Again try to find a woodturning group and spend time with the mentors. My two cents.
 

donstephan

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A "spud bar" can be used in a pinch to roll a log, but not as effectively as a cant hook. However, they are expensive. Logrite makes excellent ones, Stihl also has either a cant hook or similar tool (one has a point on the bottom of the pole, the other does not).
 
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Another thing to keep in mind, use a bowl gouge and not a spindle gouge. Additionally, the advantage of larger gouges is the stiffness of the shaft to help reduce vibrations while turning.
 

Bryguy

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I have both a cant hook and a log jack. Of the two I think the log jack would be more applicable for sawing.
 

PreacherJon

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Here are the basic tools I use for bowls. Remember also, you'll need to be able to grind
them properly as well. If you can't get some personal instruction. I would advise you to
watch as many good bowl turners as possible. There are quite a few with different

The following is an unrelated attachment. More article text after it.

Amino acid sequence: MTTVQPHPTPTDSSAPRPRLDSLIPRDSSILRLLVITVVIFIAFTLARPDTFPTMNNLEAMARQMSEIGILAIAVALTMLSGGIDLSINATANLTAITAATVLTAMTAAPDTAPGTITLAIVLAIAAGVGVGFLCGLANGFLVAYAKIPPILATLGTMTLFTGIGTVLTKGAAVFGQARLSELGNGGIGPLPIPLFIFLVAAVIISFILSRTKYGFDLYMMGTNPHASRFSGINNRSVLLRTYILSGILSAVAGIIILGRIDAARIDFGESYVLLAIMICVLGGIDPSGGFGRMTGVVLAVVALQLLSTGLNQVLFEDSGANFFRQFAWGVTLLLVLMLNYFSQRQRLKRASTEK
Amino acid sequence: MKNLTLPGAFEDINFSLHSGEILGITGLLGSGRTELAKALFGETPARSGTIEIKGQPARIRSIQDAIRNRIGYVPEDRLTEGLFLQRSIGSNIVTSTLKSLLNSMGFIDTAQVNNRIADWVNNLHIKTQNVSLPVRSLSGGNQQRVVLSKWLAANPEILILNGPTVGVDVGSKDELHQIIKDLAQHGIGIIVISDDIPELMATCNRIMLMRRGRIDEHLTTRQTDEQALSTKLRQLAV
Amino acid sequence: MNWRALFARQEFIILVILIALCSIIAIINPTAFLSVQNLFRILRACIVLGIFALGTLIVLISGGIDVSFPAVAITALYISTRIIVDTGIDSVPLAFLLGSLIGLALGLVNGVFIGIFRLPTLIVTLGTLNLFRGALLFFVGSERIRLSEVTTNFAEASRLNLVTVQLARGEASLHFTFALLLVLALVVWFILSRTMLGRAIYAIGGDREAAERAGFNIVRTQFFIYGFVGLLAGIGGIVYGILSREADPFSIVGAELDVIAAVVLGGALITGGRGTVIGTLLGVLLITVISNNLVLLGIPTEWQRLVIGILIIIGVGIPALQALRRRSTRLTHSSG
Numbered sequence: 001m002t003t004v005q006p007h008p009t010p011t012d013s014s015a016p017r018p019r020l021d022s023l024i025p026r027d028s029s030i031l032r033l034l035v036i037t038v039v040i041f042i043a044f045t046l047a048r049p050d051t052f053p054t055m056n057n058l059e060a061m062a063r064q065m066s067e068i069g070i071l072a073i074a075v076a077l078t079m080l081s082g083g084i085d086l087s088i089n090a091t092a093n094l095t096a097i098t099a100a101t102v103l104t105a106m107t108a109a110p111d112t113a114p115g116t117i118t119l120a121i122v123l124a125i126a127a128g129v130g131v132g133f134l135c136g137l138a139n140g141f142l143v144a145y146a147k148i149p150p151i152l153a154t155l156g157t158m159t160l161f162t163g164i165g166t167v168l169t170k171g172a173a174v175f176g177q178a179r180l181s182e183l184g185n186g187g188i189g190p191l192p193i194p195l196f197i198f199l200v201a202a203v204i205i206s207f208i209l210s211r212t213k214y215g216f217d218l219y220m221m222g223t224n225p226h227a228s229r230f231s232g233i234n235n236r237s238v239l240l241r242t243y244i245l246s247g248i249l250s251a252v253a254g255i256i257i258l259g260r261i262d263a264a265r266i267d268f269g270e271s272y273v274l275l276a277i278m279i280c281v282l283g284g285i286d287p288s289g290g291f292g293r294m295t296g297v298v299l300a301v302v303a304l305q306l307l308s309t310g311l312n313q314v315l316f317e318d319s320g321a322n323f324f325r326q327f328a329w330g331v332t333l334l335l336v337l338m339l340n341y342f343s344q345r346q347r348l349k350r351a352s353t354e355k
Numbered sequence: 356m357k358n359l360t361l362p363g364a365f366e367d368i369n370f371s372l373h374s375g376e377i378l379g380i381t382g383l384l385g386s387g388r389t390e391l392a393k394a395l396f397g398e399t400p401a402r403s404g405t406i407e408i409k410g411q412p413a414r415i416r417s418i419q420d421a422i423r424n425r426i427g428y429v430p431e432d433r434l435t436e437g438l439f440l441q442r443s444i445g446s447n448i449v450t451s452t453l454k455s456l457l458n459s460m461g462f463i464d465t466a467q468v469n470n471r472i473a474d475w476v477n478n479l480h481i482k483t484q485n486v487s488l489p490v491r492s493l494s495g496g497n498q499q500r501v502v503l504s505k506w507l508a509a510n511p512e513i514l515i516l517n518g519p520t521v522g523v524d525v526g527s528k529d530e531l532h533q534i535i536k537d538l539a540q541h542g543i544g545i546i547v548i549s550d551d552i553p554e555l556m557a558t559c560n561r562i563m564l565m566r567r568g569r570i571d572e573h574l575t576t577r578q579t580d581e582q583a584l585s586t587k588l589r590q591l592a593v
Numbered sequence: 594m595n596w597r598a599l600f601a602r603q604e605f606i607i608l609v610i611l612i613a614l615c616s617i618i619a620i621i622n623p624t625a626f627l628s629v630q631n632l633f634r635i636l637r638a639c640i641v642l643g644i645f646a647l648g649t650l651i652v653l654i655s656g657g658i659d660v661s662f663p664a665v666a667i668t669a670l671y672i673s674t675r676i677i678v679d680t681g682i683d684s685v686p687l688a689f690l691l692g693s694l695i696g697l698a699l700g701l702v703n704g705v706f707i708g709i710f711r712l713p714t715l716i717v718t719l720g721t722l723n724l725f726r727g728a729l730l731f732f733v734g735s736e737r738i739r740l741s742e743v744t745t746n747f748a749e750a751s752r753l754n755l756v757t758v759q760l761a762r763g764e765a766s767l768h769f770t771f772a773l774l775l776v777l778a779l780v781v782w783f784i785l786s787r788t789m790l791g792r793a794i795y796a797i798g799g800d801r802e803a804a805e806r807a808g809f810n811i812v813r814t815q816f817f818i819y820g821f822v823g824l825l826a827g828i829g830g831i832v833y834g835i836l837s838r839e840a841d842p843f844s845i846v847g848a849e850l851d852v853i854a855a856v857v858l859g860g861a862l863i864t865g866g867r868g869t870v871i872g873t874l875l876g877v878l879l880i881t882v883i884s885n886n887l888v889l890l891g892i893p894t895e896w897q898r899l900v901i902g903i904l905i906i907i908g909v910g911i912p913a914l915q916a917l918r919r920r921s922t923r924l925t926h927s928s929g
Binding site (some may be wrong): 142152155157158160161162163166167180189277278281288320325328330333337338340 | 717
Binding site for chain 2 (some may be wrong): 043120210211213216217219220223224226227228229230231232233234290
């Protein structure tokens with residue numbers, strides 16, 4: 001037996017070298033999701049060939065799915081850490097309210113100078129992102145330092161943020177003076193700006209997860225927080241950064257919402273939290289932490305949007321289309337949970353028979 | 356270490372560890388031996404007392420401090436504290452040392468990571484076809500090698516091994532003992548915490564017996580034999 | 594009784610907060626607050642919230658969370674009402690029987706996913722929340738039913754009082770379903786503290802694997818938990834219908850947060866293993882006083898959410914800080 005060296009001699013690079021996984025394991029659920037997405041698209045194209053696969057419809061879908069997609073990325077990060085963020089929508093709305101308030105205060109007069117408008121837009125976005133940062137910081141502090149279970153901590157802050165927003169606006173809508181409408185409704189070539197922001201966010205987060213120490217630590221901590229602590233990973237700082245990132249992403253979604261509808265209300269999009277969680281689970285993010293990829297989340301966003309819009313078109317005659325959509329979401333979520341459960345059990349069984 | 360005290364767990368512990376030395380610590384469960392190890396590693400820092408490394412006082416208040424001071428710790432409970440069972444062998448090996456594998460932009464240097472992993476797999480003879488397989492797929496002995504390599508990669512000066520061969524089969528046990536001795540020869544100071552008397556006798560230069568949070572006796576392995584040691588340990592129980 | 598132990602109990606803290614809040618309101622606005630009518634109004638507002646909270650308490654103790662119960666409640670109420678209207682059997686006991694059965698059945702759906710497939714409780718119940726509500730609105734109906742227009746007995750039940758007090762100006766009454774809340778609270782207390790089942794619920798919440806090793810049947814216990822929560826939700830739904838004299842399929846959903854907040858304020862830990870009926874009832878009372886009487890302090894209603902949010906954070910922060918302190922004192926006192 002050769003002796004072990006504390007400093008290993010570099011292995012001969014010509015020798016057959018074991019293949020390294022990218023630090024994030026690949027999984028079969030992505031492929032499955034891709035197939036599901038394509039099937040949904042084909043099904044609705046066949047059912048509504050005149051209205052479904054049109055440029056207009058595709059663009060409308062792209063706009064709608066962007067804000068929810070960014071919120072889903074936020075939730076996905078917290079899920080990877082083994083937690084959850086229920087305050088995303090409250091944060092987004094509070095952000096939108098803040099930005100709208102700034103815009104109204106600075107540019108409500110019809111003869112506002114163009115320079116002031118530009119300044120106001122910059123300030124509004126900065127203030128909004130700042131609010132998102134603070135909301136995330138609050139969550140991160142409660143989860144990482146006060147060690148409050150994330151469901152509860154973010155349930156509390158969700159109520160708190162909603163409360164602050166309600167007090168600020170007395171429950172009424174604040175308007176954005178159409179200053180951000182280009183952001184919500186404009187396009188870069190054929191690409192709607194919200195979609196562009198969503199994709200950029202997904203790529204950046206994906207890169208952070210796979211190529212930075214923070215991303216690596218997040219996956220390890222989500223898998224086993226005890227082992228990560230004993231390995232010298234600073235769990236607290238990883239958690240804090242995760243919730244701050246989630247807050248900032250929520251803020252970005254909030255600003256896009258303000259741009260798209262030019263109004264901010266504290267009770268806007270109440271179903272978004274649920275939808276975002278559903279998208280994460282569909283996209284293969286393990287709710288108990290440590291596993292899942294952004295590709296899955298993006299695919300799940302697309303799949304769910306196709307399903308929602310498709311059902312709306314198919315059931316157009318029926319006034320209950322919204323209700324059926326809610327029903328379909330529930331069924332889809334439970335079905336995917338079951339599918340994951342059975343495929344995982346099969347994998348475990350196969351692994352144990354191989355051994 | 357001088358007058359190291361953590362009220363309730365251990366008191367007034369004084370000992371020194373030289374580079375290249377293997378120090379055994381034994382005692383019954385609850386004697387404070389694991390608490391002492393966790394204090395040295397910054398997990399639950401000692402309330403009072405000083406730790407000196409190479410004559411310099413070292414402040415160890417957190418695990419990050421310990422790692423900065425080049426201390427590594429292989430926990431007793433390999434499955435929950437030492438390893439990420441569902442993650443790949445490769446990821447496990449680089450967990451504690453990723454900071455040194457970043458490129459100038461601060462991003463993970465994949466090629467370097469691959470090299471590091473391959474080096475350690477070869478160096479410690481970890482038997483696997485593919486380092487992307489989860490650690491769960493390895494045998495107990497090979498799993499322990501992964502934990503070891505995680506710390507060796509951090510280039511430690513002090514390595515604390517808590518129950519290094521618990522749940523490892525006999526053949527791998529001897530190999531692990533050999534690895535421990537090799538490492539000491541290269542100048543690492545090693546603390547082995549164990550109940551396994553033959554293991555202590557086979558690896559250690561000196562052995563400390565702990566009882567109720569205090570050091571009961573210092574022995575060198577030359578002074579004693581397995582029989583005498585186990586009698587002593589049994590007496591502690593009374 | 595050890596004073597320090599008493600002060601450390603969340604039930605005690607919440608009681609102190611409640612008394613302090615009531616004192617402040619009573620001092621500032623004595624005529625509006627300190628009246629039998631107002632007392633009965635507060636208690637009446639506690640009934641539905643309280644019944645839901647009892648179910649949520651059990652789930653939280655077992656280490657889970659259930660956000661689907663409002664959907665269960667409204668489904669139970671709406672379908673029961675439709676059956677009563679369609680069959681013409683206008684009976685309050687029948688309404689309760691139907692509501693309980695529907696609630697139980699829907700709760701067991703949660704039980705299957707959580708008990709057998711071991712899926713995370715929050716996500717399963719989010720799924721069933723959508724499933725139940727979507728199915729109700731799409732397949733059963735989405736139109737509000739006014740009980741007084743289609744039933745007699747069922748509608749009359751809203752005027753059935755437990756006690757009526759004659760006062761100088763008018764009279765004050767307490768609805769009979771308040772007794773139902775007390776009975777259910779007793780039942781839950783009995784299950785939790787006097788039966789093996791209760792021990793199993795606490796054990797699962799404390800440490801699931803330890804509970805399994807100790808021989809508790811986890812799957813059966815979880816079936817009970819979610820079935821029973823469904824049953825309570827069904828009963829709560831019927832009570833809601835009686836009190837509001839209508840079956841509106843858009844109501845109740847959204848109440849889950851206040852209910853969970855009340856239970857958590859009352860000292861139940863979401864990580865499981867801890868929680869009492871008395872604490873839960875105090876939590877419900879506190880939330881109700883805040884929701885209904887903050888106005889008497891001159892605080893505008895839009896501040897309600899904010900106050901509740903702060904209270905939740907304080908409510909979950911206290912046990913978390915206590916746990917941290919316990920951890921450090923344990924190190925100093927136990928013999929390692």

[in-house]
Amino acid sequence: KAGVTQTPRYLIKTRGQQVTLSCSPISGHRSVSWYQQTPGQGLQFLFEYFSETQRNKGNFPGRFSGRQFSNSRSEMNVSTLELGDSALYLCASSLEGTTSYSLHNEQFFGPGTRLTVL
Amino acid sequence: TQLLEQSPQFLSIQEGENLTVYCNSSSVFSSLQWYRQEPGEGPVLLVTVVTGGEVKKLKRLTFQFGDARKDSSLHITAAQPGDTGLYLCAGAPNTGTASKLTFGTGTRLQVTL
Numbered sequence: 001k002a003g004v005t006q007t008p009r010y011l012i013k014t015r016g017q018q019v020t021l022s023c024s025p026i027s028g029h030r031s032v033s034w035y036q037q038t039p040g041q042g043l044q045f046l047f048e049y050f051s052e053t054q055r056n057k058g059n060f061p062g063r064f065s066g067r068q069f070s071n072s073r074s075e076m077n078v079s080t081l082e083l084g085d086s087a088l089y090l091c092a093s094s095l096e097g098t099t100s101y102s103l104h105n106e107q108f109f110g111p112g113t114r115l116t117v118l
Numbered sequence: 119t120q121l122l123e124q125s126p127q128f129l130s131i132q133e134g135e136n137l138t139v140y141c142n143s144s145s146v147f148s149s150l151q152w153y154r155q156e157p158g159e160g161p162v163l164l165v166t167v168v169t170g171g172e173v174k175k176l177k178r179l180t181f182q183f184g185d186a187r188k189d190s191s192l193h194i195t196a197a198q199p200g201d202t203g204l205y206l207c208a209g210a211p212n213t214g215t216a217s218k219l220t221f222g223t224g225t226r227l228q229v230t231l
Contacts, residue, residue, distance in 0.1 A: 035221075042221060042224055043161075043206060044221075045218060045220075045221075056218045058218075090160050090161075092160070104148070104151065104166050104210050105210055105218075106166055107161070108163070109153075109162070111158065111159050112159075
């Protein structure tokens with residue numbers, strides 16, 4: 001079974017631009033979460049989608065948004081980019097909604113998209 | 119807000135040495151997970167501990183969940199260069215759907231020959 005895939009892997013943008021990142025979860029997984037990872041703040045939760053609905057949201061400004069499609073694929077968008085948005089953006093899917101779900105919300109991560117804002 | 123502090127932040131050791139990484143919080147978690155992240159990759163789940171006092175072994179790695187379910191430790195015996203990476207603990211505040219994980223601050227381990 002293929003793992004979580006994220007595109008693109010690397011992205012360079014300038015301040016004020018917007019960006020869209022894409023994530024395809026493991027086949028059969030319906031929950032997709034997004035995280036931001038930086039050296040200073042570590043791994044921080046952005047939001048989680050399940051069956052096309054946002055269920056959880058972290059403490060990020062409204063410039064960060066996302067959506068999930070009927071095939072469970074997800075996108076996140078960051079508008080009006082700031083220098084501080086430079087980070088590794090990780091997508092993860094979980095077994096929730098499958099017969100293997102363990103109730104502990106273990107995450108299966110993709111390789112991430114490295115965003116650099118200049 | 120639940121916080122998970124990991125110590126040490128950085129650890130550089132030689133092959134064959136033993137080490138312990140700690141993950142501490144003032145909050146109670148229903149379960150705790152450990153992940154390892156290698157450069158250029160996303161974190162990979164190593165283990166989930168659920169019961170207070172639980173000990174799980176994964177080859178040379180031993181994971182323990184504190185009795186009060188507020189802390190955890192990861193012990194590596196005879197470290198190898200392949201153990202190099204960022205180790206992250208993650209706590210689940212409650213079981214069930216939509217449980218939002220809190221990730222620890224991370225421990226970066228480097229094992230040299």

techniques and philosophies. Learn them the best you can and then do what seems right
for your skillset. And don't worry about it, practice makes the best lessons of all.
Happy turning.

  • Round Nose Negative Rake Scraper... not real fond of this one.
  • Monster Tool... pretty much for hogging out... but mostly use it as a roughing gouge.
  • 40/40 Grind Bowl Gouge
  • 55 degree Swept Back Gouge. Although, this one may end up becoming a 40/40 grind.
-60 degrees Bottom Feeder Gouge.

And of course, this does not include the various sandpapers... I'll use anywhere from 80 grit to 1000 grit. Depending on what finish I'm going to use. The brands I currently have are Pinnacle, Glenn Lucas, and Monster.
 

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howsitwork

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I like a 3/8” swept back grind bowl gouge. Doesn’t let you take TOO big a bite and teaches control. I’m measuring across from flute til to flute tip NOT bowl,gouge diameter ( as you,do over in USA I think ?)
 

MRDucks2

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I actually had log jack from either husqvarna or stihl that had a folded steel triangular welded plate for the pivot point instead of the leg. That was a great tool.
 
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Well, thought I had gotten back here before not but I apparently tricked myself.

Lots of good information from everyone so a big thank you again for the advice.

First things first. I'm a fair part Scotch-Irish too so I'll be keeping as much $ in my pocket as I can! On the balancing side of that though is the idea that if I tool is better and makes life easier then I'll spend the money on it. I'd like a Sorby set but if a Hurricane is almost as good then that'll do just fine for an introductory set.

Based on the advice I've gotten I'll probably go with a 55 degree swept back 3/8" bowl gouge (US measurement) and a set of spindle gouges. Whatever the bowl gouge doesn't handle bowl wise I'll probably just use my carbide scrapers for the time being.